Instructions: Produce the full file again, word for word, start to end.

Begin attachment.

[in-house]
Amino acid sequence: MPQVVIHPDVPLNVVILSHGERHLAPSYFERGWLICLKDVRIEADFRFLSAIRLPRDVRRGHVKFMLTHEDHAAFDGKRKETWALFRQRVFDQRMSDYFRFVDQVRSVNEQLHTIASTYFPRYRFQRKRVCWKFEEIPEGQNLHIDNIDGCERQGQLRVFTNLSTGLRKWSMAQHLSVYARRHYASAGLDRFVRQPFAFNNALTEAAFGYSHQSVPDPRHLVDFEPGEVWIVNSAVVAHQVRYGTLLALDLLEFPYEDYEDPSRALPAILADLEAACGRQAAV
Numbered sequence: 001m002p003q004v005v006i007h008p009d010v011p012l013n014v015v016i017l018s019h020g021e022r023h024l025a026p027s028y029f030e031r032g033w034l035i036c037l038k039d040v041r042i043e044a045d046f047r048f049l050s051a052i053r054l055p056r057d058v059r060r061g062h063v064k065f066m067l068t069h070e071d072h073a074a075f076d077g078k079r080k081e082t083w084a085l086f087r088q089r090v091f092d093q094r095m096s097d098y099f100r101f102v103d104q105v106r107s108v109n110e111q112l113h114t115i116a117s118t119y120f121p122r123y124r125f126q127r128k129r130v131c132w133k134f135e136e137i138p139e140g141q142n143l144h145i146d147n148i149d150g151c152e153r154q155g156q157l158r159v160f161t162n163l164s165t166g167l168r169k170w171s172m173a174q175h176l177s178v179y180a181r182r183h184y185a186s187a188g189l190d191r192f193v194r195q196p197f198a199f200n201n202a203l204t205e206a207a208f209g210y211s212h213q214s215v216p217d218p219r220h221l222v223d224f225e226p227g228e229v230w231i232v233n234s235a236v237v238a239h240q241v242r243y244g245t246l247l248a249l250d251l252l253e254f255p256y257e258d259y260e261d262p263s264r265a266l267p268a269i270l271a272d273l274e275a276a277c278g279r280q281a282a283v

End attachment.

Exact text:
[in-house]
Amino acid sequence: MPQVVIHPDVPLNVVILSHGERHLAPSYFERGWLICLKDVRIEADFRFLSAIRLPRDVRRGHVKFMLTHEDHAAFDGKRKETWALFRQRVFDQRMSDYFRFVDQVRSVNEQLHTIASTYFPRYRFQRKRVCWKFEEIPEGQNLHIDNIDGCERQGQLRVFTNLSTGLRKWSMAQHLSVYARRHYASAGLDRFVRQPFAFNNALTEAAFGYSHQSVPDPRHLVDFEPGEVWIVNSAVVAHQVRYGTLLALDLLEFPYEDYEDPSRALPAILADLEAACGRQAAV
Numbered sequence: 001m002p003q004v005v006i007h008p009d010v011p012l013n014v015v016i017l018s019h020g021e022r023h024l025a026p027s028y029f030e031r032g033w034l035i036c037l038k039d040v041r042i043e044a045d046f047r048f049l050s051a052i053r054l055p056r057d058v059r060r061g062h063v064k065f066m067l068t069h070e071d072h073a074a075f076d077g078k079r080k081e082t083w084a085l086f087r088q089r090v091f092d093q094r095m096s097d098y099f100r101f102v103d104q105v106r107s108v109n110e111q112l113h114t115i116a117s118t119y120f121p122r123y124r125f126q127r128k129r130v131c132w133k134f135e136e137i138p139e140g141q142n143l144h145i146d147n148i149d150g151c152e153r154q155g156q157l158r159v160f161t162n163l164s165t166g167l168r169k170w171s172m173a174q175h176l177s178v179y180a181r182r183h184y185a186s187a188g189l190d191r192f193v194r195q196p197f198a199f200n201n202a203l204t205e206a207a208f209g210y211s212h213q214s215v216p217d218p219r220h221l222v223d224f225e226p227g228e229v230w231i232v233n234s235a236v237v238a239h240q241v242r243y244g245t246l247l248a249l250d251l252l253e254f255p256y257e258d259y260e261d262p263s264r265a266l267p268a269i270l271a272d273l274e275a276a277c278g279r280q281a282a283v